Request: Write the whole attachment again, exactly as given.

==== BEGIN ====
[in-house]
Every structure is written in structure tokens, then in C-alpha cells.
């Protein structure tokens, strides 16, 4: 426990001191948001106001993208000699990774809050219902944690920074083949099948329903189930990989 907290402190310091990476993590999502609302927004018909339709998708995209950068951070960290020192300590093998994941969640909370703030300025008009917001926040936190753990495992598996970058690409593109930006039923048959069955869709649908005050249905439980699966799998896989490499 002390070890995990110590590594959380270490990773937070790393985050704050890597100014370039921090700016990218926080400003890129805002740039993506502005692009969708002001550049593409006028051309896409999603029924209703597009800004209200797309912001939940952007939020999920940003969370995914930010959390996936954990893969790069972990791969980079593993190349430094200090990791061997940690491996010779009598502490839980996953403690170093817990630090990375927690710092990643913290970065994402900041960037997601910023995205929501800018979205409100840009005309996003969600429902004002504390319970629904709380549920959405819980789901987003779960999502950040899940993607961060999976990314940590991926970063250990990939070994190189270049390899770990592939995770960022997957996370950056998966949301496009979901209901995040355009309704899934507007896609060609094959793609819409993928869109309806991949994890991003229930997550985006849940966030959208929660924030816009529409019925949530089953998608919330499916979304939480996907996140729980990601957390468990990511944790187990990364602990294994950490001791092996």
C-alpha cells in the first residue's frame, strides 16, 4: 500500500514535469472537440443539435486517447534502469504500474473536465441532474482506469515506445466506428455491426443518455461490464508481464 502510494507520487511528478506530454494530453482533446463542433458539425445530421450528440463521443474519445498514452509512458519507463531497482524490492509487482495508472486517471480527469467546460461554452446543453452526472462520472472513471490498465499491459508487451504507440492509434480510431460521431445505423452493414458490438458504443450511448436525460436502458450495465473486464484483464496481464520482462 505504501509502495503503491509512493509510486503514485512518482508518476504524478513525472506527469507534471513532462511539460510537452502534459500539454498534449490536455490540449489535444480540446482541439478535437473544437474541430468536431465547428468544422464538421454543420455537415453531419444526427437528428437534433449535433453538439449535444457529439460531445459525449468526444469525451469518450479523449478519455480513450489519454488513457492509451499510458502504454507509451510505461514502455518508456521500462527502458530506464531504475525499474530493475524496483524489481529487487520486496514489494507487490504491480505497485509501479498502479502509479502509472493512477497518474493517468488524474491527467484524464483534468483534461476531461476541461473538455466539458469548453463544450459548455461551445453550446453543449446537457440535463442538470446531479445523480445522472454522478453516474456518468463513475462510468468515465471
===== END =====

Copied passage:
[in-house]
Every structure is written in structure tokens, then in C-alpha cells.
């Protein structure tokens, strides 16, 4: 426990001191948001106001993208000699990774809050219902944690920074083949099948329903189930990989 907290402190310091990476993590999502609302927004018909339709998708995209950068951070960290020192300590093998994941969640909370703030300025008009917001926040936190753990495992598996970058690409593109930006039923048959069955869709649908005050249905439980699966799998896989490499 002390070890995990110590590594959380270490990773937070790393985050704050890597100014370039921090700016990218926080400003890129805002740039993506502005692009969708002001550049593409006028051309896409999603029924209703597009800004209200797309912001939940952007939020999920940003969370995914930010959390996936954990893969790069972990791969980079593993190349430094200090990791061997940690491996010779009598502490839980996953403690170093817990630090990375927690710092990643913290970065994402900041960037997601910023995205929501800018979205409100840009005309996003969600429902004002504390319970629904709380549920959405819980789901987003779960999502950040899940993607961060999976990314940590991926970063250990990939070994190189270049390899770990592939995770960022997957996370950056998966949301496009979901209901995040355009309704899934507007896609060609094959793609819409993928869109309806991949994890991003229930997550985006849940966030959208929660924030816009529409019925949530089953998608919330499916979304939480996907996140729980990601957390468990990511944790187990990364602990294994950490001791092996």
C-alpha cells in the first residue's frame, strides 16, 4: 500500500514535469472537440443539435486517447534502469504500474473536465441532474482506469515506445466506428455491426443518455461490464508481464 502510494507520487511528478506530454494530453482533446463542433458539425445530421450528440463521443474519445498514452509512458519507463531497482524490492509487482495508472486517471480527469467546460461554452446543453452526472462520472472513471490498465499491459508487451504507440492509434480510431460521431445505423452493414458490438458504443450511448436525460436502458450495465473486464484483464496481464520482462 505504501509502495503503491509512493509510486503514485512518482508518476504524478513525472506527469507534471513532462511539460510537452502534459500539454498534449490536455490540449489535444480540446482541439478535437473544437474541430468536431465547428468544422464538421454543420455537415453531419444526427437528428437534433449535433453538439449535444457529439460531445459525449468526444469525451469518450479523449478519455480513450489519454488513457492509451499510458502504454507509451510505461514502455518508456521500462527502458530506464531504475525499474530493475524496483524489481529487487520486496514489494507487490504491480505497485509501479498502479502509479502509472493512477497518474493517468488524474491527467484524464483534468483534461476531461476541461473538455466539458469548453463544450459548455461551445453550446453543449446537457440535463442538470446531479445523480445522472454522478453516474456518468463513475462510468468515465471